Five years ago, around this time, I returned from Nairobi, Kenya, after visiting a project for Refugees Empowerment International (previously known as Refugees International Japan). You can read about my experience in the blog entries I wrote after the trip.
RIJチームの紹介 ブログリレー: メテ・ヤズジ | Introducing the RIJ team in a blog relay: Mete Yazici (Japanese/English)
After contemplating for about a week, I decided to leave my corporate job. I informed our Managing Director of my decision, and although the process took another three months, it marked the beginning of a new chapter for me – no longer being a "salaryman."
The past five years haven't been easy, but I don't regret my decision at all. In fact, that choice has shaped who I am today.
So, how did I, an extremely risk-averse person, take the leap from the comfort zone to extreme uncertainty, just two years before the global pandemic?
When you encounter people who have faced hardships, it's natural to reflect on your own circumstances. That's what happened to me. In Nairobi, I met many resilient individuals as well as those who were struggling. One girl we met, a kind and brave person from the Democratic Republic of Congo, had fled to Nairobi. After discussing her efforts to support herself in the city, I found myself suggesting she teach French as a way to make extra money. However, the moment we got back into our project partner's car, I was consumed with embarrassment. Who was I to tell her what to do? Did I understand her situation or whether my suggestion was even feasible? My arrogance was shameful.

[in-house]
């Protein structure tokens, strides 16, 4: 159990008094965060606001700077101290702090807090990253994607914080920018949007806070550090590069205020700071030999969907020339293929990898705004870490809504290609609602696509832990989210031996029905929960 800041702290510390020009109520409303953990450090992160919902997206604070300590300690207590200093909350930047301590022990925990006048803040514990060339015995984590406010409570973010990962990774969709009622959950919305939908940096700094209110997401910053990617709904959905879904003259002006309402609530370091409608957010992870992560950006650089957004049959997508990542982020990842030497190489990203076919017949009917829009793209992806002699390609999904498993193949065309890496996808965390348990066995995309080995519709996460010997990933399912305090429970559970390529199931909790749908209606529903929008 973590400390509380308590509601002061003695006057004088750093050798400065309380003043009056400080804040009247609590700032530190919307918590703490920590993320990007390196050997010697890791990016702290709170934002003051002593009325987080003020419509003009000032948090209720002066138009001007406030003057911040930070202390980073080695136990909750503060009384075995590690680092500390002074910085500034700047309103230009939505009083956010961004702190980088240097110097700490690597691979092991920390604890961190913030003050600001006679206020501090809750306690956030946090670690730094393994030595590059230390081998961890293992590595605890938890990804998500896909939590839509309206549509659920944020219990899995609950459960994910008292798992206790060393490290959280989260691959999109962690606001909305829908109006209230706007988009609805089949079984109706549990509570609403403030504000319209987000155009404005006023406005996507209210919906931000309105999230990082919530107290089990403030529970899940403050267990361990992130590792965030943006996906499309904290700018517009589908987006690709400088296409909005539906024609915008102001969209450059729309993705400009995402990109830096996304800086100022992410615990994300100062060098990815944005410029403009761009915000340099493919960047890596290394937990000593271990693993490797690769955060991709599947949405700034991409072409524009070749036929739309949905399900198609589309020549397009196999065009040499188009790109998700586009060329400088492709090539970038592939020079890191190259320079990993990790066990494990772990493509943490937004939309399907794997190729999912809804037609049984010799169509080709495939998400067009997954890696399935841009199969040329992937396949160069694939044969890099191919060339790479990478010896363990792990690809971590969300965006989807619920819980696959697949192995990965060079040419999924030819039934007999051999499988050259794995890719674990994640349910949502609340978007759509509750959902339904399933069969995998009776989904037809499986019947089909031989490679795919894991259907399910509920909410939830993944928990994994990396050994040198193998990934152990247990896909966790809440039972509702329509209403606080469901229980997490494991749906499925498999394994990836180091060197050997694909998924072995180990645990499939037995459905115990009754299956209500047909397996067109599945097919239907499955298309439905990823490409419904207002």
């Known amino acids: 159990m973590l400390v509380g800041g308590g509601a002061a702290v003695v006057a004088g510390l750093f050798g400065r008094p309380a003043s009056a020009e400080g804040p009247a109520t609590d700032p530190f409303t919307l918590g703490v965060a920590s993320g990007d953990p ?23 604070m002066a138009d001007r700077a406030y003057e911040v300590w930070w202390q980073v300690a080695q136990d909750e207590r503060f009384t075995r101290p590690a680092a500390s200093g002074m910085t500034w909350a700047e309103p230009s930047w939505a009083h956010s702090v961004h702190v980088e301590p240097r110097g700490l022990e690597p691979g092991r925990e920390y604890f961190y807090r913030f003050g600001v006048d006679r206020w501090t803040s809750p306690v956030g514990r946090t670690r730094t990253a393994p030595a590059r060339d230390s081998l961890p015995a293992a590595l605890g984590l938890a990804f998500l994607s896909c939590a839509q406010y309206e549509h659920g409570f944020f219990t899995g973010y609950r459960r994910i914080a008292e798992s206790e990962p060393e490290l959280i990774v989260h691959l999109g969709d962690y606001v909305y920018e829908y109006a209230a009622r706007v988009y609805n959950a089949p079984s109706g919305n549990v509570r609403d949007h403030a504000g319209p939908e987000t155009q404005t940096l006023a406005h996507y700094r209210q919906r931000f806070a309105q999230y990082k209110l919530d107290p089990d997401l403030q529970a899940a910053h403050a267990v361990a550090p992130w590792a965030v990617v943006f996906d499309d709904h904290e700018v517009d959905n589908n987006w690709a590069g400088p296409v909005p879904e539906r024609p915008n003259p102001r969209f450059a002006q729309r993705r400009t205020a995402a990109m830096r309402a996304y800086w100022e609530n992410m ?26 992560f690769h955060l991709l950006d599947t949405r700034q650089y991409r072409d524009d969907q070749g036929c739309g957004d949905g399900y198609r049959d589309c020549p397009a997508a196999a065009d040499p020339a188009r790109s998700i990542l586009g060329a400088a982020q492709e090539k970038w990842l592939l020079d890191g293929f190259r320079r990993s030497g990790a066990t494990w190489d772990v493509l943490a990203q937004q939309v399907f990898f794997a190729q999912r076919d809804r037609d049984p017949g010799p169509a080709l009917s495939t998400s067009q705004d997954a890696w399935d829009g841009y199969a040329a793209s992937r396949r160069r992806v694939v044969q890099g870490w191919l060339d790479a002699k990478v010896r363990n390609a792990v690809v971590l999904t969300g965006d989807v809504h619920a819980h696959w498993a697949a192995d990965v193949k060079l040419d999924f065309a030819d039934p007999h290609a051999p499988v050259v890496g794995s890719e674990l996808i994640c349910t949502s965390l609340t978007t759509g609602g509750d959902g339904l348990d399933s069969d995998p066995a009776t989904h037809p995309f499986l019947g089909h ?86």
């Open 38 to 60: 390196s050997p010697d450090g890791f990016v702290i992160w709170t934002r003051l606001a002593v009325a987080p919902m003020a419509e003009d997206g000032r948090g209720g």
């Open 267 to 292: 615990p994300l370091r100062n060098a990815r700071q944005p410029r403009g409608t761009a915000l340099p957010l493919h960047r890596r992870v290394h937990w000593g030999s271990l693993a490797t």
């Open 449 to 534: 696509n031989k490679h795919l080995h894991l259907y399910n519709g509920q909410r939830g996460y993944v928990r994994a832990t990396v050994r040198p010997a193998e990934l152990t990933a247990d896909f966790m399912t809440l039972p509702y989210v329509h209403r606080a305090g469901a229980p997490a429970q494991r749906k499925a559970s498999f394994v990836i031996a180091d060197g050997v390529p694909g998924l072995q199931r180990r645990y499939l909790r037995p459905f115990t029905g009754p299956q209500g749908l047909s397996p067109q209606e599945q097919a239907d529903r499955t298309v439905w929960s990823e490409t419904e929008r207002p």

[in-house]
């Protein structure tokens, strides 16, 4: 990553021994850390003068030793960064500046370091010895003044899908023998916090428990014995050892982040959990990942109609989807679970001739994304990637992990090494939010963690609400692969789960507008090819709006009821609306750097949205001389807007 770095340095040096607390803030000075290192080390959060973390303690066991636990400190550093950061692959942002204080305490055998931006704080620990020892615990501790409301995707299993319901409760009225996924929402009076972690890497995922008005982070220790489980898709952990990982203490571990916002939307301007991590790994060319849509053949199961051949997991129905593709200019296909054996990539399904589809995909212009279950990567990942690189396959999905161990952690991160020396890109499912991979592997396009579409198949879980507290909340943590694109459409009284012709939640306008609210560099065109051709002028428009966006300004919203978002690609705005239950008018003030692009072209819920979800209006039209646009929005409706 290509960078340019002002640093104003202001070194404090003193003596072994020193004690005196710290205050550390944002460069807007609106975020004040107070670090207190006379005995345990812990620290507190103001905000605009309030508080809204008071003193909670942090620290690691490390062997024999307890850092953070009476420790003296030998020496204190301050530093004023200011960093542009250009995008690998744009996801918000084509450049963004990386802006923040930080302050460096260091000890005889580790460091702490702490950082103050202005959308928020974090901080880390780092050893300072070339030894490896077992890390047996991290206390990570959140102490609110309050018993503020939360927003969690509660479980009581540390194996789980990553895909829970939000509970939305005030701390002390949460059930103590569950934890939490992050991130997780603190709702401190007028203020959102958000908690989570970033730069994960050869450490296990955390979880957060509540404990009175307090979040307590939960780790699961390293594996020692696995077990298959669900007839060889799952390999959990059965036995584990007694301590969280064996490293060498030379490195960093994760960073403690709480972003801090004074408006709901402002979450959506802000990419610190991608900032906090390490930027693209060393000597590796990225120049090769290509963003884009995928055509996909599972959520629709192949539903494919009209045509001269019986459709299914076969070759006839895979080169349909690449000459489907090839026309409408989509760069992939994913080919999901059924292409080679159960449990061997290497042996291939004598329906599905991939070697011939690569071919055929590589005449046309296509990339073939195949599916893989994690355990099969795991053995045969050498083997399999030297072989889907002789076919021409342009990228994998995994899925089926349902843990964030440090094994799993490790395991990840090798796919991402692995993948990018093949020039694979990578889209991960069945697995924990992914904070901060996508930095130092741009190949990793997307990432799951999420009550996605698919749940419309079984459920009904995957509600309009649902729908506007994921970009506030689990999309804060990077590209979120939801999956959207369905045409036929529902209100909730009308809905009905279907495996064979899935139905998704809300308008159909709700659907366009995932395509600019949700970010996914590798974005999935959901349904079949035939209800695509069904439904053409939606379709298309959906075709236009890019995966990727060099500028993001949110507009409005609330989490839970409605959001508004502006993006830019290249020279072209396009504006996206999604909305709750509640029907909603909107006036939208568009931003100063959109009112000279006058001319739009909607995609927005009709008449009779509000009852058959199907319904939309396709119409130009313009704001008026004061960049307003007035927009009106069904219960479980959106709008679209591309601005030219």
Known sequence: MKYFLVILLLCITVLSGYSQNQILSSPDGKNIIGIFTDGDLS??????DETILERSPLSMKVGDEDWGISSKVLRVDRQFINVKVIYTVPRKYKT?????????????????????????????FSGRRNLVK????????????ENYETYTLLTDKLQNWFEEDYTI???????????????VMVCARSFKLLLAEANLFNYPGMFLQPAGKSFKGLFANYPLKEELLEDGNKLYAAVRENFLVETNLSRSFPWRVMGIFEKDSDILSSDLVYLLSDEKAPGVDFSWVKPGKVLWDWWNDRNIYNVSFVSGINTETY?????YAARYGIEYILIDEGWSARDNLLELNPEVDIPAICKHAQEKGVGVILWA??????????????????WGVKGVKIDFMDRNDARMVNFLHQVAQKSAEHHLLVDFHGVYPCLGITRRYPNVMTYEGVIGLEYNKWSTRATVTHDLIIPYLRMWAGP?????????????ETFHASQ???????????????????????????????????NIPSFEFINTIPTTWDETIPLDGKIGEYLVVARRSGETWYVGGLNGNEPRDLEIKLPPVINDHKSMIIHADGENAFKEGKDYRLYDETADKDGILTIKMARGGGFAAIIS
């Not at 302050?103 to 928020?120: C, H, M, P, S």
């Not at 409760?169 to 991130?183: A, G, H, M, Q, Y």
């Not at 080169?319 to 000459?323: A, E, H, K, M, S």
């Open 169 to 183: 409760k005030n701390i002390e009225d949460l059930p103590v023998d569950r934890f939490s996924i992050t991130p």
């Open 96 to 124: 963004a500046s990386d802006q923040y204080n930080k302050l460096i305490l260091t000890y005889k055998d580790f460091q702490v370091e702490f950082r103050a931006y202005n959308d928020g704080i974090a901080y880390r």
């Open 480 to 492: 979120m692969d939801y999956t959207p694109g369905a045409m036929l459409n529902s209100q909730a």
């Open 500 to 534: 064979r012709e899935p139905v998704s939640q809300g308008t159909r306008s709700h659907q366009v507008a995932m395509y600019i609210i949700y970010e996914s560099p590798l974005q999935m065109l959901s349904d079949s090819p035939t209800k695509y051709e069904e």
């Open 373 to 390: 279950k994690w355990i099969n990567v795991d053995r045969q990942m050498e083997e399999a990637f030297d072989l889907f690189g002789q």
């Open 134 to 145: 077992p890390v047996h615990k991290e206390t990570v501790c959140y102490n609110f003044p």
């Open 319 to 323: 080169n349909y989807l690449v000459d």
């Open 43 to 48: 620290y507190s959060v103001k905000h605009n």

This realization forced me to confront my own fears. I was clinging to my corporate title and salary because I was afraid of the unknown. Despite having numerous qualifications and resources, I hesitated to leave the corporate world while advising someone who had endured so much on how to be resilient.
Back in Tokyo, I knew it was time to end this self-deception and dishonesty. And so, leaving my corporate job turned out to be one of the best decisions I've ever made (another being my choice to stay in Japan).
I am still supporting REI through my role in the management team.
It is an organization of extremely professional, talented, and dedicated people.